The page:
Saturday, October 09, 2004

From The Spectator via Mike Russell
Whose rite is it anyway?
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Liturgical vandals have trivialized worship in Anglican and [Roman] Catholic churches. Now, says William Oddie, Rome is trying to do something about it. Sometime during the Seventies, in Anglican and Roman Catholic churches throughout the English-speaking world, a strange (and for many, unwelcome) kind of language began to issue forth from the mouths of clergy and faithful. In most places of worship, a new kind of liturgical English — bare, sparse, apparently wilfully lacking in elegance or sonority — gradually replaced both Cranmer’s English and the Latin of what became known as the old Mass. The old books, familiar for three centuries or more — for Anglicans, the Book of Common Prayer, for [Roman] Catholics, the old Latin Missals — disappeared from the Churches...
Heard then-Canon Oddie preach at St John's, New Hinksey, Oxford, Christmas 1989.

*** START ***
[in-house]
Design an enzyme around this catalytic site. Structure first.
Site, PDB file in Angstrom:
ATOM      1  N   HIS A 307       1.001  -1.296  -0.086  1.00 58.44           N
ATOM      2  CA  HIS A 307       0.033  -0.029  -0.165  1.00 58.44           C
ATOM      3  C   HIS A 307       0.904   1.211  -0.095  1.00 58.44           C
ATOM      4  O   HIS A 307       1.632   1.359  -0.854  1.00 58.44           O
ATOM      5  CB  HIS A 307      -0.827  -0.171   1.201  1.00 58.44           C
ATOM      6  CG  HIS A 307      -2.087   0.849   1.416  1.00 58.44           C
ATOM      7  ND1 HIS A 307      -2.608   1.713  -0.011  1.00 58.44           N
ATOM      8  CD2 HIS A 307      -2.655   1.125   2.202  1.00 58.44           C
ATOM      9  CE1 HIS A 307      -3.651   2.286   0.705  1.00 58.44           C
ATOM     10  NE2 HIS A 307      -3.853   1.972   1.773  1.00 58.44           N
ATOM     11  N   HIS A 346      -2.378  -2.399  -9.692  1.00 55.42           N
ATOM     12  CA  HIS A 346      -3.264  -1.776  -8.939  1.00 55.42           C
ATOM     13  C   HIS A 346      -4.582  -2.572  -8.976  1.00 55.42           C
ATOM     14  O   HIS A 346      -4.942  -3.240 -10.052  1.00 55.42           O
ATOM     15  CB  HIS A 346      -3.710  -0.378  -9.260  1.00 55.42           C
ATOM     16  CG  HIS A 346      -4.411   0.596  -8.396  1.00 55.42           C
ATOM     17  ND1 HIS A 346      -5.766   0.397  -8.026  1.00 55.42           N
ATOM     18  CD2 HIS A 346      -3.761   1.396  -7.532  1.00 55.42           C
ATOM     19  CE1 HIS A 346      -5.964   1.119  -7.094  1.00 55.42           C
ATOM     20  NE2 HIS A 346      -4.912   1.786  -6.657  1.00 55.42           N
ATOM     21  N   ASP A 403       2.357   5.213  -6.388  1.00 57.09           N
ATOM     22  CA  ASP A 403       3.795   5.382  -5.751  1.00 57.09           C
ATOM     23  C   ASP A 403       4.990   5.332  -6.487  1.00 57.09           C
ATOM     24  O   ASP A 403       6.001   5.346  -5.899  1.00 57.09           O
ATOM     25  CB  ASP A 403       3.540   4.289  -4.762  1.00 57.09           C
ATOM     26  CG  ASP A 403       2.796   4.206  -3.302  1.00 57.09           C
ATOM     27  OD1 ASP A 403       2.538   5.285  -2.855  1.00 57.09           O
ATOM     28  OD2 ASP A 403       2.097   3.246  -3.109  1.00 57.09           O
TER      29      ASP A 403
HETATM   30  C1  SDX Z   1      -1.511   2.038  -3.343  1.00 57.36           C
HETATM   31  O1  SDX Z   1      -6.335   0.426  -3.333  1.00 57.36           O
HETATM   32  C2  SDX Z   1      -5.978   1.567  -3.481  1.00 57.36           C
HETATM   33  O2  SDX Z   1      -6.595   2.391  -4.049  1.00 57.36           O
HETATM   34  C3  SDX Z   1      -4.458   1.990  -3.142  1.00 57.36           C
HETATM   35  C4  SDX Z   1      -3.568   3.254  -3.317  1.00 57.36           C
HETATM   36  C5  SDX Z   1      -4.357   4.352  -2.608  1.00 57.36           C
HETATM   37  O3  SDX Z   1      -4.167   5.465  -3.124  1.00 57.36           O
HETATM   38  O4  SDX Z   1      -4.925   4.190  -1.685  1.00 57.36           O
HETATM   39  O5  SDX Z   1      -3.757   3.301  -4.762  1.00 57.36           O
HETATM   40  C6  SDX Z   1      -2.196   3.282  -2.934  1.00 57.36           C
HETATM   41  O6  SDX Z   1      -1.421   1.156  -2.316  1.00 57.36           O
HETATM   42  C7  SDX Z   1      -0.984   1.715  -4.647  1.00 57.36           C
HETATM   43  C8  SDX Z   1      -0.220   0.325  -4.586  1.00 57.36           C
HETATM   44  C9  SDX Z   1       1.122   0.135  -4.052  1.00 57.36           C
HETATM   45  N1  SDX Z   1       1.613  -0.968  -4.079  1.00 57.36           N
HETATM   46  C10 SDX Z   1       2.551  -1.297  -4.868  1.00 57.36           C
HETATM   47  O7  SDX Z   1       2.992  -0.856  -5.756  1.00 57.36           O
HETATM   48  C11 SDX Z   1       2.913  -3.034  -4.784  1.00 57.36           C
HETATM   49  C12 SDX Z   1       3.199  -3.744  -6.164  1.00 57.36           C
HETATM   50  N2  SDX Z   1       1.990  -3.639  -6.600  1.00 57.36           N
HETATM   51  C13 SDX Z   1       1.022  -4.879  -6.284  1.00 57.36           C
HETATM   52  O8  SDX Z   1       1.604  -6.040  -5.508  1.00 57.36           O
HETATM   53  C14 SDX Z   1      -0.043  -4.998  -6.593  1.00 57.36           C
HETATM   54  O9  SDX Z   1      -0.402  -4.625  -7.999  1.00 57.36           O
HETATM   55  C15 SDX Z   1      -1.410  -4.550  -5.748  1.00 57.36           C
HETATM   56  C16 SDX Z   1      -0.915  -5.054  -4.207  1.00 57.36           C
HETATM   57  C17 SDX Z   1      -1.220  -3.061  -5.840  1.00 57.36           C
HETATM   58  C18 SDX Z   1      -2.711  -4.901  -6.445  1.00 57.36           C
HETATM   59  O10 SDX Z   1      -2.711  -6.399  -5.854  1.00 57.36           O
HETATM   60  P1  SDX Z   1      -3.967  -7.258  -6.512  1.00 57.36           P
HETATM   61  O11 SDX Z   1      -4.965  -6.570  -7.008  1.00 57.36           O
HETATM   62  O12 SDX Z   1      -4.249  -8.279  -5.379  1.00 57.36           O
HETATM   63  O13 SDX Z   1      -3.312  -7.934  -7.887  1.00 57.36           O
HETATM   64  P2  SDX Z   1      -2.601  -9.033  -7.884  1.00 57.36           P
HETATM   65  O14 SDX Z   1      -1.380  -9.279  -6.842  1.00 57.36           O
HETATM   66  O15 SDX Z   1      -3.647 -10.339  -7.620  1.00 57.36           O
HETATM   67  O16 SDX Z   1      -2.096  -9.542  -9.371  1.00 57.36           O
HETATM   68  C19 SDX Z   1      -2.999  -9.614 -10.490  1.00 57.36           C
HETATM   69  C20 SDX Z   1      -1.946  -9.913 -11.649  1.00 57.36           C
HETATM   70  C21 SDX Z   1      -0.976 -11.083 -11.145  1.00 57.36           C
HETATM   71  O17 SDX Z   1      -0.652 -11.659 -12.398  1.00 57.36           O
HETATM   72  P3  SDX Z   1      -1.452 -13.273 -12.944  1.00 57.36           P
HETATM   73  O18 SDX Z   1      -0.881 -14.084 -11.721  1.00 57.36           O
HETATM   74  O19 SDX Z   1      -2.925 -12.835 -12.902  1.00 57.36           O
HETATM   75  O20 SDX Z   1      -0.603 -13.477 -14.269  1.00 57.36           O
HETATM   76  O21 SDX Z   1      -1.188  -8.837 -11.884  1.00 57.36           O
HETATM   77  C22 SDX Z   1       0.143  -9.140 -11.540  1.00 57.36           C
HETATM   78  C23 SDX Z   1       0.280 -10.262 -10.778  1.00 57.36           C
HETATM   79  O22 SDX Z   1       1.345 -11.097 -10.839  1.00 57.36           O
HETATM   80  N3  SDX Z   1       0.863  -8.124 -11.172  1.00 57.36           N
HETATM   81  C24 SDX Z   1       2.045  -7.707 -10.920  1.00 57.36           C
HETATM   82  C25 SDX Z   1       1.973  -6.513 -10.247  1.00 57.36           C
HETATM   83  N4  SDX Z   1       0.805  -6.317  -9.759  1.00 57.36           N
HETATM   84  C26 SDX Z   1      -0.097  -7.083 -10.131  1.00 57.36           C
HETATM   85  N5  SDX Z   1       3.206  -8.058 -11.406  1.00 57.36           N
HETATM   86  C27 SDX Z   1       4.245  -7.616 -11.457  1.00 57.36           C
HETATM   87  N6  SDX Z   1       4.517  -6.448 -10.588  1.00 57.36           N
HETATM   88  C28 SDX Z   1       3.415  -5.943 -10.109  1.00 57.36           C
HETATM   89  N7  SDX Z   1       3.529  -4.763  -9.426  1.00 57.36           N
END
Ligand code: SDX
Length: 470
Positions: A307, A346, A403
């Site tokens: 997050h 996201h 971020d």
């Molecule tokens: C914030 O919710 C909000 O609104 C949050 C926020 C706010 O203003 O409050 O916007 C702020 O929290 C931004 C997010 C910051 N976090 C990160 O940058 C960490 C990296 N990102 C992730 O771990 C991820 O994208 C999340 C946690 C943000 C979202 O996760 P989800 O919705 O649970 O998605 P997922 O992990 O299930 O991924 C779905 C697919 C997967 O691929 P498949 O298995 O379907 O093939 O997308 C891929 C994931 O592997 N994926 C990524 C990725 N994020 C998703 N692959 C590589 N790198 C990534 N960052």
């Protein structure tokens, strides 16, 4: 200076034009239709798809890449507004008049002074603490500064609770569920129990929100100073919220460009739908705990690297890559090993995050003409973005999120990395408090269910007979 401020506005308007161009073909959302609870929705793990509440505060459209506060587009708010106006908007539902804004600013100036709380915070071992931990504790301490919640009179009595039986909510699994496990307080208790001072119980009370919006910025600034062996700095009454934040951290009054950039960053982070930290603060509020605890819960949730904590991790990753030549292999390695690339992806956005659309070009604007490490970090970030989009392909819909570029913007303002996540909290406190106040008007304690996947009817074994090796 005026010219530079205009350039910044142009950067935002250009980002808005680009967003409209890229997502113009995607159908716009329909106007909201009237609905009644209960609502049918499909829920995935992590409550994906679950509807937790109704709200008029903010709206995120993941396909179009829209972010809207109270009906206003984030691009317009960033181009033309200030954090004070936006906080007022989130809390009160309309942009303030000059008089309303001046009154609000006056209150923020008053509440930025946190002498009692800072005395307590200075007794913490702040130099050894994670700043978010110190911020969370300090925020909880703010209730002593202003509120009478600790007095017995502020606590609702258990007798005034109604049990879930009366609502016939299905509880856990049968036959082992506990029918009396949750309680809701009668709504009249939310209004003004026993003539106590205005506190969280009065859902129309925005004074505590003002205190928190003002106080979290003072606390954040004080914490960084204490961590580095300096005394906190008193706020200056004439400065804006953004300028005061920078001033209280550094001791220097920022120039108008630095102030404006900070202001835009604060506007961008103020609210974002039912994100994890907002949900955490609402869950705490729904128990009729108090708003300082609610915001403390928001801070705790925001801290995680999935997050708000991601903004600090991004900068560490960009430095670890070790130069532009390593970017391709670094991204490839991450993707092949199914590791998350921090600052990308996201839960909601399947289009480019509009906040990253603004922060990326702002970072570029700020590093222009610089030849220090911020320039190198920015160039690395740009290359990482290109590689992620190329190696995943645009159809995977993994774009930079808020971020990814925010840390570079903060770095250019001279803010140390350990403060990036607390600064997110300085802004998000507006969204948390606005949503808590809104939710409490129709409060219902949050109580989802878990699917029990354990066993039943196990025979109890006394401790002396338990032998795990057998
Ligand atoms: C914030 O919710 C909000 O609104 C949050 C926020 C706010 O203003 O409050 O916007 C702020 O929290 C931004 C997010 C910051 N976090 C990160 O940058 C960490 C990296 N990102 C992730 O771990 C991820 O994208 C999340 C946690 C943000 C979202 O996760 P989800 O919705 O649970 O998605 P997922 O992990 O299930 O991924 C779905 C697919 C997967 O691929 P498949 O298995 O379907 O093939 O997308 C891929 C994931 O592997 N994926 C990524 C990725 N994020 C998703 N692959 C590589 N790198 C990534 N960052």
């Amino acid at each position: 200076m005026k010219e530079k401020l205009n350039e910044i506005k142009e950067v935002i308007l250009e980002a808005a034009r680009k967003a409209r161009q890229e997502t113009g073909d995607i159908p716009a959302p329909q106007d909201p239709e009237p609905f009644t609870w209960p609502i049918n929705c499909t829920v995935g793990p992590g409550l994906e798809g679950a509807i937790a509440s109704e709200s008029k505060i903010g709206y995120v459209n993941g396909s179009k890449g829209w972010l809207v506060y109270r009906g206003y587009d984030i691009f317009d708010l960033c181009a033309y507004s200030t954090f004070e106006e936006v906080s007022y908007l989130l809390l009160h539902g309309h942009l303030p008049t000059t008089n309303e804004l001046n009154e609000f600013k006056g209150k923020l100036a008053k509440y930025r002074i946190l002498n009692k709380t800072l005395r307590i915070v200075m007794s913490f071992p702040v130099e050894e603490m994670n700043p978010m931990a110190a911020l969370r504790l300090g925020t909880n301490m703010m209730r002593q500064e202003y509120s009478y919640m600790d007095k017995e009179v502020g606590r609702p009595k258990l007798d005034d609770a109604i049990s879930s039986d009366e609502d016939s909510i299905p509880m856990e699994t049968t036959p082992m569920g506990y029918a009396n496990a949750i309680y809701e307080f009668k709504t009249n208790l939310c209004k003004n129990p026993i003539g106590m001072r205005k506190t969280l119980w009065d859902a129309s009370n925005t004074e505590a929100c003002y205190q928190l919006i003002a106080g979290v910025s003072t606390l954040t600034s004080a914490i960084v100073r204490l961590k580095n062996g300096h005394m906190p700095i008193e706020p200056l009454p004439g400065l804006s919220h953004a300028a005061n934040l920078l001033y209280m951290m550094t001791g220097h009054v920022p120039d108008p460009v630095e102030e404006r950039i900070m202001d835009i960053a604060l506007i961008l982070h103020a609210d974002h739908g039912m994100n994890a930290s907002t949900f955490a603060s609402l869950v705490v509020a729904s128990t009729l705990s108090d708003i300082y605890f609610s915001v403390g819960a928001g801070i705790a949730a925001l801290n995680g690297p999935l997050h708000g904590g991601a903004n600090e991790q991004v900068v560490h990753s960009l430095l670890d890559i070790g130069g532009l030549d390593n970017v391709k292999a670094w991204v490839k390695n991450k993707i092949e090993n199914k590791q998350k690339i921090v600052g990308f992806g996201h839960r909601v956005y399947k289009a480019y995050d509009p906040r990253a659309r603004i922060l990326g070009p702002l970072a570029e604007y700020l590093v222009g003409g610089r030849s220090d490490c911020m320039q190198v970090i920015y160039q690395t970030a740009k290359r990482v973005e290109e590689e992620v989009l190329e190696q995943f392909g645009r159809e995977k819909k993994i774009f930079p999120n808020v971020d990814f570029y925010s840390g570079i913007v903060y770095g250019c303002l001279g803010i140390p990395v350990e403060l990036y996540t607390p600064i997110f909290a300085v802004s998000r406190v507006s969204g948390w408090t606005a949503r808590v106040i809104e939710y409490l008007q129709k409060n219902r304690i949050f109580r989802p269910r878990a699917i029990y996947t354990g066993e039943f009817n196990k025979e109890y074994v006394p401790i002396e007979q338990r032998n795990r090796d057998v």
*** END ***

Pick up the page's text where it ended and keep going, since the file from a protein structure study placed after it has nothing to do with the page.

There is always the working model of traditionalism as a living thing in the Christian East. And it often comes in liturgical English - my favourite version, using Miles Coverdale's psalms from the BCP, was translated around the turn of the last century by Isabel Florence Hapgood, an American Episcopalian and lifelong friend of the Russian Orthodox, and approved by the patriarch of Moscow, now-St Tikhon, in 1920. Those Orthodox who use English have been praying these Anglican psalms for 100 years.

The Arab (Antiochian) Orthodox in America have published Hapgood's service book since the 1950s - I understand they are the direct successors to the original, pre-1917 Russian Orthodox mission to the English-speaking in the US.

(In other words, before the Russian Revolution caused the non-Russian parts of the Russian Orthodox metropolia in America to break off into separate ethnic churches, that metropolia had an Arab bishop in charge of both Arab and Anglo congregations; the latter's numbers I imagine were microscopic.)

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